The Power of Professionalization

powerofprofessionalization
Source: http://ethicalsystems.org/sites/default/files/ProfessionalCircles.jpg, edit my own

A MANIFESTO

This is my personal post-professionalization course manifesto; it is a declaration of belief, behavior, and intent regarding my career path and life trajectory.

  1. I enrolled in this course in the interest of practicality and necessity; I pass it with a profound respect for the art of career and work. I will carry this respect with me from job to job, and I will remember the beauty of craft, of the words of business, of becoming whoever based on those words.
  2. This course taught me to be gentle with myself when it comes to my major, because it matters greatly, incredibly, enormously. I will reject any narrative that tells me otherwise, and spread this newfound regard to anyone near.
  3. Value is often times intangible. Just because I can’t quantify something doesn’t mean I don’t have it, but I will also quantify things when possible. It is always a number game, but one I know now how to play.
  4. The humanities are complex, and if I can interpret and analyze great works of literature, I can do the same to a job advertisement, and I now believe that I can do both at the same time, and intend to until the ad asks specifically for the ability to interpret and analyze great works of literature.
  5. The finding and securing of that job is wholly possible, and I will find it in the future, using the knowledge gained in my studies, but also, or especially, the things I learned in a two-week professionalization workshop.
  6. Exploration is both natural and necessary. I will not limit myself when career-choosing based on a path others set me on, and I will always cast a net that is as wide as it is deep.
  7. I am someone who is happiest when thinking and creating, and it’s important I remember that when searching for a livelihood.
  8. Details determine a lot, and there is power in the patient edit. I want to continue this careful amending, endlessly, with the joy that comes from knowing I am not stagnant.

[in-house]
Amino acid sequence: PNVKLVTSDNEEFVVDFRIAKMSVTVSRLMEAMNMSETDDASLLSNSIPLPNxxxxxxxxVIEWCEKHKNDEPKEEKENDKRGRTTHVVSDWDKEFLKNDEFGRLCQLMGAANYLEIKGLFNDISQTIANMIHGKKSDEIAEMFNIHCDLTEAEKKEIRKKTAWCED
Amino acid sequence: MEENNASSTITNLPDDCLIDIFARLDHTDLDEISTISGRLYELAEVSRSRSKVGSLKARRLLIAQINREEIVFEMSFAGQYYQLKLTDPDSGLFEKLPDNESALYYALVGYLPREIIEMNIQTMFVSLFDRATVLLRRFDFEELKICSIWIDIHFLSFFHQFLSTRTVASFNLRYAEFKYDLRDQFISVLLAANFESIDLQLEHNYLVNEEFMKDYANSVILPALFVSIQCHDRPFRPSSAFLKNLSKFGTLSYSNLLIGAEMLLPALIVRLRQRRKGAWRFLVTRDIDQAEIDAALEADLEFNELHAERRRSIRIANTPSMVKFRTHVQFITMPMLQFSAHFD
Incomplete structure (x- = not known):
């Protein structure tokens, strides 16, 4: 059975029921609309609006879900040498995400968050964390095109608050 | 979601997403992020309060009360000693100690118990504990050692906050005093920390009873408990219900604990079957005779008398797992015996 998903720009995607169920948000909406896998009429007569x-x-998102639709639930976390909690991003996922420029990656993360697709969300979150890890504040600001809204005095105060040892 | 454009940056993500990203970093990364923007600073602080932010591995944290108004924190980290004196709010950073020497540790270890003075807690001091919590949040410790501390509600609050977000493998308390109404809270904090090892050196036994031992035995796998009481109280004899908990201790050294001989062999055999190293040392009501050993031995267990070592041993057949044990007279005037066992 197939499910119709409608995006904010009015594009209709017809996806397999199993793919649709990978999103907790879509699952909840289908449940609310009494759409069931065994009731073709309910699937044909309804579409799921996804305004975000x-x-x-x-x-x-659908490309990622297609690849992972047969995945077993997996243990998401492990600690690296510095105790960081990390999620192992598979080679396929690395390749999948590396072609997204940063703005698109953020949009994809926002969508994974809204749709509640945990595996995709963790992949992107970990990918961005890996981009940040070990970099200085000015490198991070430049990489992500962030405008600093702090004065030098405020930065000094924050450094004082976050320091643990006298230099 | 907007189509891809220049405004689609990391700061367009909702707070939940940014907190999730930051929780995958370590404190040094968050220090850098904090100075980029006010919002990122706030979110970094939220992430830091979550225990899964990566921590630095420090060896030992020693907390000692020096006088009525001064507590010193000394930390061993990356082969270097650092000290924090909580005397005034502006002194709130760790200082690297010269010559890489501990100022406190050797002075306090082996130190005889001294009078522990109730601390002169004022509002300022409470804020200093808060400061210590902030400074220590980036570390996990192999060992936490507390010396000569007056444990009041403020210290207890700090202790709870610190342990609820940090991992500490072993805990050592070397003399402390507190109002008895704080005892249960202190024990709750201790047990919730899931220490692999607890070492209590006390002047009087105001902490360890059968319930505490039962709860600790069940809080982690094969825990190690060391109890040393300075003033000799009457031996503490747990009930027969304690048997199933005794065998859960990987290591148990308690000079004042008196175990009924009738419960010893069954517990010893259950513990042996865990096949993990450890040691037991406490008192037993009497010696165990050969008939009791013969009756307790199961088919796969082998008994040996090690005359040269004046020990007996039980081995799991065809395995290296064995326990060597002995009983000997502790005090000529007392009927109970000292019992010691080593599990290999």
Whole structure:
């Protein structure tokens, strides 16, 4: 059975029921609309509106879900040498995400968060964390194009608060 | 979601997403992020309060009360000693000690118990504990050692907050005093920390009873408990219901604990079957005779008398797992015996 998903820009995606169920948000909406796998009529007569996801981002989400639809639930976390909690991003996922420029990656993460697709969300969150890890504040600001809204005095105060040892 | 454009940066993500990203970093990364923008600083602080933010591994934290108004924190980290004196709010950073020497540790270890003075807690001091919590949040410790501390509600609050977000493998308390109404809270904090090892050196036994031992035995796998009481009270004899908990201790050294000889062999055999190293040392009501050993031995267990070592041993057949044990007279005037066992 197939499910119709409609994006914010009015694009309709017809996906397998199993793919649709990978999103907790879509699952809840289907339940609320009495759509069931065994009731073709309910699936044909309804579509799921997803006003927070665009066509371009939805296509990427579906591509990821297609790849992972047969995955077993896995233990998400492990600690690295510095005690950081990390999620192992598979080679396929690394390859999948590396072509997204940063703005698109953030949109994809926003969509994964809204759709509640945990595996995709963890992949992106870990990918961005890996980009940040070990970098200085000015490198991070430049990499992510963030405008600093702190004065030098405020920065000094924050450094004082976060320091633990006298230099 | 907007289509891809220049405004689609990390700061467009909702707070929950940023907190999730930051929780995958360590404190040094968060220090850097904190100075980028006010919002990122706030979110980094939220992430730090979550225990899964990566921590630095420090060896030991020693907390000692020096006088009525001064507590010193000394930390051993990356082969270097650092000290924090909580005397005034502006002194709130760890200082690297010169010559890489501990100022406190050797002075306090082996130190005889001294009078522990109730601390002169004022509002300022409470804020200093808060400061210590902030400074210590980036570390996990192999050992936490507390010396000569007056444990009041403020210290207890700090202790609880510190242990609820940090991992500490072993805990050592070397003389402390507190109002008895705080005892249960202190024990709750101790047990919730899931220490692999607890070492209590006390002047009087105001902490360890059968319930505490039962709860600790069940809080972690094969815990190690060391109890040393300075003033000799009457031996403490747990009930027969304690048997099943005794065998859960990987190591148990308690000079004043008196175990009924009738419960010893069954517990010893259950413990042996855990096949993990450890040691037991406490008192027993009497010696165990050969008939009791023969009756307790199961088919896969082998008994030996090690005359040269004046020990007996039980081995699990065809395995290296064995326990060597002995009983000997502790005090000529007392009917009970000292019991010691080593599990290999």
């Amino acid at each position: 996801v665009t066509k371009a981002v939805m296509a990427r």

9. It’s not narcissistic to know yourself.  In fact, now that I know myself a little better, I feel like I am much more capable to live outside of myself and help others.
  10. Which is the most important, inescapable, imperative part: to connect with those in your community and outside of it. I am committed to connecting, to humanizing and empathizing people from every field. I will not begrudge life for this anti-aloneness, but be thankful for it, because there is nothing more beautiful than doing something you love with someone you care about.

“Liberal Arts” comes from the Latin liberalis, meaning “worthy of a free person.” In Ancient Greece, liberal arts were skills or subjects considered to be essential for a free person to know. I took this course because I was tired of the narrow well-intentions of others, and I am leaving it with the realization that I am a free person, and that what I am learning is, was, and always will be important for existence.  I now also possess the necessary skill set to navigate the complex and trying field of career hunting and obtaining. I learned the art of tailoring, the craft of a carefully curated resume, how to write a cover letter that is more likely to land me an interview. I learned the power of self-branding and how to role play as the face of that brand. I learned how to talk to others about something I believe in, and how to make them invest in that belief. I learned that making a living it for yourself isn’t something you do by yourself. All this is coming from a place of research; because this course also gave me the intelligence and confidence to reach out and investigate. I spoke to a man who reminded me that the humanities matter because of the “human” part, that connections and stories are who we are, and that employers want someone who knows how to communicate and connect with others.

It seems inept to me that this course isn’t required for English or Liberal Arts Major. We’re required to take innumerable classes on how to read, write, and talk about literature, but not a single one that will teach us how to use those reading, writing, and talking skills to find a living. There’s a disconnect, and one that is so easily fixable, if the students, myself included, would admit it’s there, and then do something about it, by taking classes like these, and then asking for more. This class taught me how to take what I love and find a way to spend my life doing it, and that’s the power of professionalization, of actualizing passion.

Advertisements

Leave a Reply

Please log in using one of these methods to post your comment:

WordPress.com Logo

You are commenting using your WordPress.com account. Log Out /  Change )

Google+ photo

You are commenting using your Google+ account. Log Out /  Change )

Twitter picture

You are commenting using your Twitter account. Log Out /  Change )

Facebook photo

You are commenting using your Facebook account. Log Out /  Change )

Connecting to %s